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Wednesday, September 23, 2015

2015 Pincher Creek Relay for Life raises close to $30,000


Toni Lucas

The Pincher Creek and District Agricultural Society Grounds was the site of the second annual Pincher Creek chapter of the Relay for Life on Saturday, September 19. This is a fundraising event to fight cancer which occurs all across Canada. The 12 hour relay was marked with camaraderie, sharing, song, stories, memories, entertainment and hope. Twelve teams participated, helping raise funds to be used to advance cancer research and support Canadians living with cancer. Including sponsorships, raffle sales, and donations the volunteers raised close to $30,000.
Team Brat Pack
Relay for Life and the local Ovarian Cancer Run worked in cooperation to make this a single shared fundraising event. There were raffles, games, and prizes throughout the day, and several local musicians and other entertainers took to the stage to provide distractions to those who were taking their turns around the track in the wind. Several ceremonies marked the days starting with the opening survivor’s ceremony and ending with the dedication ceremony, where the luminaries were lit and a single lap is made in silence to honour those who were taken by cancer. The luminaries were sold to those who wished to pay tribute to someone dear and close to their heart who has battled with cancer in any form. Many of the bags were decorated with names, drawings, and messages.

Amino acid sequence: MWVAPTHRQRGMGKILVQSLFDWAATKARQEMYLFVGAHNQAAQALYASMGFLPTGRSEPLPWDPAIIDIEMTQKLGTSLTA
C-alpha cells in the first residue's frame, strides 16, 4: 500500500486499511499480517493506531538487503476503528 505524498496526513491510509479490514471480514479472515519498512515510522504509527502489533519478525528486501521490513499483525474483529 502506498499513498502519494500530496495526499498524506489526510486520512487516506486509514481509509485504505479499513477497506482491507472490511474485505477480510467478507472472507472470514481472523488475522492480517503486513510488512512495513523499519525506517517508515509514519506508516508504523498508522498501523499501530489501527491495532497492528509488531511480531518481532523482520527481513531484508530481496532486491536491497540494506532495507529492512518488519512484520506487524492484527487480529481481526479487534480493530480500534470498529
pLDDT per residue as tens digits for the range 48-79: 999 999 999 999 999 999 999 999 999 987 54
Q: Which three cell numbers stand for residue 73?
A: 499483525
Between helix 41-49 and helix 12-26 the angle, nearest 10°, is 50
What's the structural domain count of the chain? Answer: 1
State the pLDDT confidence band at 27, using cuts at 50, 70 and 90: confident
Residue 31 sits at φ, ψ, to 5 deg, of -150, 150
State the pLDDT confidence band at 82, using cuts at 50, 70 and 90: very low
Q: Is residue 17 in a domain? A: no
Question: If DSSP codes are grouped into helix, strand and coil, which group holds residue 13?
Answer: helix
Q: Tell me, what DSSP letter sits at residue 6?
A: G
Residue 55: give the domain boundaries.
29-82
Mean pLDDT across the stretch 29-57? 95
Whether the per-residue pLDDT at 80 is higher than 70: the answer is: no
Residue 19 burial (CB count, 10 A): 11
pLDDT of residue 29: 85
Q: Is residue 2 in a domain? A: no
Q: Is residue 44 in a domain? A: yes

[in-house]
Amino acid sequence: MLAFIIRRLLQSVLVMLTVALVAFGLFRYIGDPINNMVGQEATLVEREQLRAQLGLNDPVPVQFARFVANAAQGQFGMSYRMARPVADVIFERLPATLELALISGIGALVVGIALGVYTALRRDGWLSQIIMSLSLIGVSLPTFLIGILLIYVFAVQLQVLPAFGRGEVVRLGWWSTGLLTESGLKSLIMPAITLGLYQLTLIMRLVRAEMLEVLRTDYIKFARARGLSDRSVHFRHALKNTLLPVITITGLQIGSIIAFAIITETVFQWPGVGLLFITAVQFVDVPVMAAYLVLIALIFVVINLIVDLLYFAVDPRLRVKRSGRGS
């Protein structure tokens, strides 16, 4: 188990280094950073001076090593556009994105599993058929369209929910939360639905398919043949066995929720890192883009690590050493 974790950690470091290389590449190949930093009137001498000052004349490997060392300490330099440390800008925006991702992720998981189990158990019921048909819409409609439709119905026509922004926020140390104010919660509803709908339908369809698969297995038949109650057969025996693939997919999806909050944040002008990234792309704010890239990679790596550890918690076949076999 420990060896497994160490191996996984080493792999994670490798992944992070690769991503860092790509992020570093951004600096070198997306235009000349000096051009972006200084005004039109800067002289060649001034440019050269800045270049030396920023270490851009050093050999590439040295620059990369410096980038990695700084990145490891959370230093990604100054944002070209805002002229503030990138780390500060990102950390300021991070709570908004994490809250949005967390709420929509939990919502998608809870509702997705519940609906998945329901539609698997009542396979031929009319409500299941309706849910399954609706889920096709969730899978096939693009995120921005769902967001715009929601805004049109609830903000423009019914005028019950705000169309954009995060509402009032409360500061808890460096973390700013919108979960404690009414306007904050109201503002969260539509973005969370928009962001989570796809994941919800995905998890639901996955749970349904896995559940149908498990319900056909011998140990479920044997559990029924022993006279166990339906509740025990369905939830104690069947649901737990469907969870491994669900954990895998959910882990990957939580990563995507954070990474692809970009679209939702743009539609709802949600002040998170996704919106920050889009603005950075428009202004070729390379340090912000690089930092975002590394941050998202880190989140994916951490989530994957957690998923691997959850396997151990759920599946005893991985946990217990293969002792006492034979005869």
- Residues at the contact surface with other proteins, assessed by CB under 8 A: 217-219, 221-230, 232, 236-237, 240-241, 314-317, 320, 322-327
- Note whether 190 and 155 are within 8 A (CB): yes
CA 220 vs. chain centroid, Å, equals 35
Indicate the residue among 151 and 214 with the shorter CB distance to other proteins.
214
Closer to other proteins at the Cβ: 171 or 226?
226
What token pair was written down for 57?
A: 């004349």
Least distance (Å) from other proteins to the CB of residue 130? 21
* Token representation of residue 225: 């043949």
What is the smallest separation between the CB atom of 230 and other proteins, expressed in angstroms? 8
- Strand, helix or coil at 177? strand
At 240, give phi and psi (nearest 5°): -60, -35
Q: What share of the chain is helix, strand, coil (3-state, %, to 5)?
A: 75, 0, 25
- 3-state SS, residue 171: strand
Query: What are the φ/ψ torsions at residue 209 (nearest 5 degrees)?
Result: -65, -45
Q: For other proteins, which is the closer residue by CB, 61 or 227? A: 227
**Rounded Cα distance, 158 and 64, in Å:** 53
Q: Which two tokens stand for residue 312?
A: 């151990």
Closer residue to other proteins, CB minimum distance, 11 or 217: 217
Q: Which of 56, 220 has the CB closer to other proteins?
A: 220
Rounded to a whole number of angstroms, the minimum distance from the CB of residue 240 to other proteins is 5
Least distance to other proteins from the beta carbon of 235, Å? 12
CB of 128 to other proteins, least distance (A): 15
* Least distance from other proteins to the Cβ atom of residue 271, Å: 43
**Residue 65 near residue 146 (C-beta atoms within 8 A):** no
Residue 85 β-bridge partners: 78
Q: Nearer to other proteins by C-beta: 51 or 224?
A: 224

"It has been busy," said Karen Andrews, one of the organizers .  "There probably was six or seven of us that were survivors today, taking the first two rounds, but the most meaningful is the luminary walk.  There is always something going on, and walking, walking, walking."  Andrews was grateful for the many ways people have shown support for the event by donating time, money, effort and well wishes.  "They have all donated their time.  We have had many entertainers, from individuals to bands, and everyone taking part in the walk."  She mentioned the committee members who have been working for months were gratified by the response.

Participant and cancer survivor BJ Scott was raffle-lucky at the event

One of the many touching moments throughout the day was when team 'Get 'er Done!' won a prize for their costumes.  The consensus of the group was to give their prize to team 'Duty. Honor. Community.' comprised of local emergency workers who chose to do their relay in work gear including boots helmets, and fire retardant clothes.  "They were inspiring," said Maggie Olson, the Captain of ''Get 'er Done'.  Her team was moved by the duties these workers face to protect this community.   This event creates connections between people.  Whether the teams are comprised of friends, family, coworkers, or casual acquaintances taking part creates a lasting memories and sharing creating a stronger community.





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